During the day, you spot some dream catchers on the overhanging branches. Seriously, you can get some cool photos for your Instagram and snap stories. For professional people, too, this place is perfect for some nature photography.
You can check out amazing photos of the Sloquet Hot springs. These pictures will make you plan your trip to the hot springs as soon as possible.
Nearby Tourist Attractions
Since the Sloquet Hot Springs is located in the Lillooette in Whistler, there are other amazing attractions that you might want to see while there. Having a car with you would be super convenient to enjoy the drive.
1. Lillooet Lake
You would want to arrange a trip to Lillooet Lake. The lake has a serene blue-green colour, and the surrounding are quite scenic. It is approximately an hour and two away from the hot springs.
2. Trek Hot Springs
The Trek Hot Springs is located 10 kilometers from the Sloquet Hot Springs. At Trek Hot Springs, they serve you on a first come- first serve basis.
They have 12 hot tubs in a remote and peaceful place. You can find both hot and cold water at Trek Hot Springs. Here’s an interesting fact about Skookumchuck Hot Springs. Trek is the Skatin name for this place.
It is pronounced “chick.” It is also called Skookumchuck Hot Springs. In the language of the Chinook people, Skookumchuck Hot Springs means strong water.
Skookumchuck Hot Springs were also called St. Agnes Well. Skookumchuck Hot Springs had that name in the days of the Frayser Canyon Gold Rush.
However, the old name of Skookumchuck is not used anymore. It is hard to get the names right in the first shot. But remember, Trek is pronounced “chick.” Some people write it as “T’sek.”
If you are willing to take a three-hour drive to the town of Lillooet, you will come across several great restaurants and tourist spots.
You can even visit these places in Lillooet and then head to the Sloquet Hot Springs.
3. Seton Lake
This is one of the prominent attractions in Lillooet. Panoramic mountains enclose this fantastic lake. Since Lillooet is the biodiversity hotspot, you might spot some birds here.
The lake is ideal for swimming and canoeing. There is a railway line along the lake. You can also stop at the highway to take a quick look.
4. Lillooet Museum and Visitor Centre
The museum holds an array of ancient exhibits of Lillooet. You can stop by on your way to some other place. Staff is quite friendly and knowledgeable. The Miyazaki House is a four-minute walk from here.
In addition, some Hot Springs tours take tourists to all the major hot springs in British Columbia. If you are on a hot springs spree, you might want to check out these top Hot Springs in British Columbia.
Have you been to Sloquet Hotsprings? If yes, share your experience with us in the comments section below! Also, let us know if you found this article useful. Spare a minute to check out some fantastic facts about British Columbia.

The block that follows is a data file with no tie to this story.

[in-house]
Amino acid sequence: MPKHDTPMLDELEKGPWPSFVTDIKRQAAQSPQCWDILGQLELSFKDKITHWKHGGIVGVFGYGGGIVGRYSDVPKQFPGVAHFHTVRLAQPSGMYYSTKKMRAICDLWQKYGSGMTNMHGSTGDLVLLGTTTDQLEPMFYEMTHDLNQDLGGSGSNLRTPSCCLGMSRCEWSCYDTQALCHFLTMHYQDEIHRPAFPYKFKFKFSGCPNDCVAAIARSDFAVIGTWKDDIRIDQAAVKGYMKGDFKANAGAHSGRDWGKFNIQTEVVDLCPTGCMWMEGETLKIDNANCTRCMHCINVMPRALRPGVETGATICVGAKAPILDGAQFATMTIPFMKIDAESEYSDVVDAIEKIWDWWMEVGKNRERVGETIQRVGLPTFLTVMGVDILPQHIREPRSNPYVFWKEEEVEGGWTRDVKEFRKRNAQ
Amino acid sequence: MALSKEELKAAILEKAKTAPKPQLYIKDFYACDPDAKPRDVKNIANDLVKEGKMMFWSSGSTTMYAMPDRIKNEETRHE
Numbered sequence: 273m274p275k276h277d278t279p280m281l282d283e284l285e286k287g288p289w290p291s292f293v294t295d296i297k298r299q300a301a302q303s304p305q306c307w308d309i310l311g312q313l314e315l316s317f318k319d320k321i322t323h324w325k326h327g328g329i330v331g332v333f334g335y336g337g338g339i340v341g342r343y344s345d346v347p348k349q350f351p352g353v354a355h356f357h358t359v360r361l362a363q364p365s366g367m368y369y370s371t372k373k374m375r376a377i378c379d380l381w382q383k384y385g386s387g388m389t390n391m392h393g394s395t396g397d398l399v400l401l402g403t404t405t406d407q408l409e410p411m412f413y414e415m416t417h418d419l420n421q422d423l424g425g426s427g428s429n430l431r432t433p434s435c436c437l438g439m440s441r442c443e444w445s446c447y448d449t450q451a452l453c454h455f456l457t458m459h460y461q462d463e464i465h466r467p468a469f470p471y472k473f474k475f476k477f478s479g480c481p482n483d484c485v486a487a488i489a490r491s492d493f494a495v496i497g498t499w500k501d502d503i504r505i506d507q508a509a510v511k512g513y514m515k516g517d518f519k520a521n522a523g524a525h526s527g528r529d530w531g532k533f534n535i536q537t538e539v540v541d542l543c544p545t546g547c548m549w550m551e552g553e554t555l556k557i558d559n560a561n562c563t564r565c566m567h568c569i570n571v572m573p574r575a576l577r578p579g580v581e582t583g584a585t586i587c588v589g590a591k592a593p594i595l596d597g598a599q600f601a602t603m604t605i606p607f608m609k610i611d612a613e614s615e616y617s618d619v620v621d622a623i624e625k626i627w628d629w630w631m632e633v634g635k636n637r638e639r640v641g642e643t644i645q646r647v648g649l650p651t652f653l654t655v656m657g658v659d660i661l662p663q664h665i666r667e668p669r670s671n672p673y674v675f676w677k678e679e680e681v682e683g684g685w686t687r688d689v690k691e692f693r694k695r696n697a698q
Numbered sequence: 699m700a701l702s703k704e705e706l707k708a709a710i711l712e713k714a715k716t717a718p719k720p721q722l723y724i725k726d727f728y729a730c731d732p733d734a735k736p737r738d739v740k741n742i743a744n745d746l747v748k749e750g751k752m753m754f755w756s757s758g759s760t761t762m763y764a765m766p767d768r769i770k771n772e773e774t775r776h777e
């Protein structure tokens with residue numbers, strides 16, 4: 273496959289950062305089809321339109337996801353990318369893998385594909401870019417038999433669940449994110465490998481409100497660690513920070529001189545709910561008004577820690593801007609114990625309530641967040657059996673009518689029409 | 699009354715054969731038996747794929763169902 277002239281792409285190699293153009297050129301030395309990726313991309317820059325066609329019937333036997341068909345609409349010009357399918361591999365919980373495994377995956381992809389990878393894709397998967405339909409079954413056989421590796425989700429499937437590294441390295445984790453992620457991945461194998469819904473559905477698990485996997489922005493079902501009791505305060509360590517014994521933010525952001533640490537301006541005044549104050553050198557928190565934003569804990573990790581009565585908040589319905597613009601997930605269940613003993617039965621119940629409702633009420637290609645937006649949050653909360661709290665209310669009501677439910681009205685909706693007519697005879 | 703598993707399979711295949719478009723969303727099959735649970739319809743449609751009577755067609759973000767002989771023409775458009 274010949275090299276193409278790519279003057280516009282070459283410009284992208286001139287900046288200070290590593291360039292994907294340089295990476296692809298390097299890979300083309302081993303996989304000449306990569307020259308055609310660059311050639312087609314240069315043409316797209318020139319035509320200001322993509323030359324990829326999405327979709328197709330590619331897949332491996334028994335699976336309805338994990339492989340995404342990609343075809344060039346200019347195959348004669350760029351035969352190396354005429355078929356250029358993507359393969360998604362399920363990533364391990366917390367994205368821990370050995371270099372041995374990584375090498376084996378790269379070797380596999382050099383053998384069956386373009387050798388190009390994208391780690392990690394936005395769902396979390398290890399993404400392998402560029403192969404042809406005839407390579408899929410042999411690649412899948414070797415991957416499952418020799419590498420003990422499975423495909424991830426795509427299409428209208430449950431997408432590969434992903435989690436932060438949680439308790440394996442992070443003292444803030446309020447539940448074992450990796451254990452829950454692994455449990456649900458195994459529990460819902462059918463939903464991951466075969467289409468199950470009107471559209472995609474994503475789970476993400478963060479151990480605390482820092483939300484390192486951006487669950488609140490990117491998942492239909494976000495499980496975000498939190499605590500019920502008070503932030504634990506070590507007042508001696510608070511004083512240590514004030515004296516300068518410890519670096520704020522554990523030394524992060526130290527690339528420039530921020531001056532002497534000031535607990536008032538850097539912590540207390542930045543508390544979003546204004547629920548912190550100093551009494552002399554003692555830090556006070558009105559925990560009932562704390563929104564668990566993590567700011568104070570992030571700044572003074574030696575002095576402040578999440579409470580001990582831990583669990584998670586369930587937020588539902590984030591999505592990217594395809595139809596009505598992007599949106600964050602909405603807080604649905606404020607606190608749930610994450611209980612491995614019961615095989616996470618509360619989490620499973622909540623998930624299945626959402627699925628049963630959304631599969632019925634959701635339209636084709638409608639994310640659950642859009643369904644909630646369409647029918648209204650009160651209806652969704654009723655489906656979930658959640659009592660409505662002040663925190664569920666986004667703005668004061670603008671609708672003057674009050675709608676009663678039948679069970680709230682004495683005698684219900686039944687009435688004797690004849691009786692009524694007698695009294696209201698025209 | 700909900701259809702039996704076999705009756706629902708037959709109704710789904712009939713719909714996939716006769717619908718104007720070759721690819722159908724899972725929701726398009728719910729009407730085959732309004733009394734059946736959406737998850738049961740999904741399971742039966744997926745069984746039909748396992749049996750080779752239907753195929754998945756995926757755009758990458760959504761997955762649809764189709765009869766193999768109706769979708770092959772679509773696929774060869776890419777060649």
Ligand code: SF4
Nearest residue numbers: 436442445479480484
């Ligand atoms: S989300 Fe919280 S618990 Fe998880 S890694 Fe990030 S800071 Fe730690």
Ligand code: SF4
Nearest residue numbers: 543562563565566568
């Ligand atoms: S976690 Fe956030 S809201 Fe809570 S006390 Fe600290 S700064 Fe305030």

Frequently Asked Question
1, Which is the best time to visit Sloquet Hot Springs?
The springs are situated within a BC Recreation site nestled in a valley with the lovely Sloquet Creek running along the southern boundary, about two hours’ drive from Pemberton, British Columbia.
mentioned before, this is a famous spot for Hot Spring enthusiasts. You will usually find it crowded on the weekends and holidays. In summer, too, the spot is crowded.
Since it is a small place, it feels crowded quickly. You will find the hot springs to yourself at the start of the fall. In extreme winters, the hot springs sometimes become inaccessible due to snowfall.
2, Who manages the site?
The Xa’xsta First Nations still manage the hot springs site and campsite along with Recreations Sites and Trails BC. The managers and operators are local, and they help out with directions. Sloquet Hot Springs does not accept pre-bookings and reservations. They go on the ‘First Come, First Serve’ basis.
The site operators help you with the allocation of sites. Site operators attend to customers, collect fees and look after maintenance.
Most site operators are locals and know the area well. You can always ask the site operators if you are confused about directions.
3, What to Keep In Mind?
Please remember these few conditions while visiting the hot springs.
- Do not consume alcohol while in the pools. Take the spiritual history into consideration.
- Keep food, trash, and cigarettes away from the pools. Do not contaminate the water.
- Keep it clean, as the t’sek hot springs is still sacred to the Xa’xsta people. Take your trash away with you. Do not litter the place.
- Pets are allowed into the campsites. However, pets cannot be taken to pools due to health concerns and, of course, since it has very hot water. Which might be just at the comfortable soaking temperature but are not suitable for most domestic animals.
- There are no restaurants in the vicinity of the hot springs. Hot springs enthusiasts are advised to carry some tinned food or packed food.
- There are also two small soaking pools nearby for a more comfortable soaking temperature for quick hot and cold dips.
- It is highly recommended to book your trip by visiting the official website sloquet hot springs.